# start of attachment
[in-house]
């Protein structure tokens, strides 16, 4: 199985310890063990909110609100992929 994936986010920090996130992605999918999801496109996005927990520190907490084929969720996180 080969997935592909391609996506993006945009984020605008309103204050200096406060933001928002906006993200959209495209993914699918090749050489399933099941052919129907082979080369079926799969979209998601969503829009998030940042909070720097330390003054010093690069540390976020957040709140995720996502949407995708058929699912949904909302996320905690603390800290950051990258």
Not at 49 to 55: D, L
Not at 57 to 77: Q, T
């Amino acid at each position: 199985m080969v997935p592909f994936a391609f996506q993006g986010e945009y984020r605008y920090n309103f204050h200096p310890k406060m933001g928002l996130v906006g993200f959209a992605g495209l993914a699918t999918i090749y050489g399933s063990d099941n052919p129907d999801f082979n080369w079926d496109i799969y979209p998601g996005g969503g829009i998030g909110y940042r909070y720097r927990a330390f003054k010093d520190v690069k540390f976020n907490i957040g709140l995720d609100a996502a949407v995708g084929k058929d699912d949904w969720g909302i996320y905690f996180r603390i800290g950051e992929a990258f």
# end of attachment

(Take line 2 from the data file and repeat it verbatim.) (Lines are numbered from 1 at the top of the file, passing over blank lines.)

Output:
């Protein structure tokens, strides 16, 4: 199985310890063990909110609100992929 994936986010920090996130992605999918999801496109996005927990520190907490084929969720996180 080969997935592909391609996506993006945009984020605008309103204050200096406060933001928002906006993200959209495209993914699918090749050489399933099941052919129907082979080369079926799969979209998601969503829009998030940042909070720097330390003054010093690069540390976020957040709140995720996502949407995708058929699912949904909302996320905690603390800290950051990258």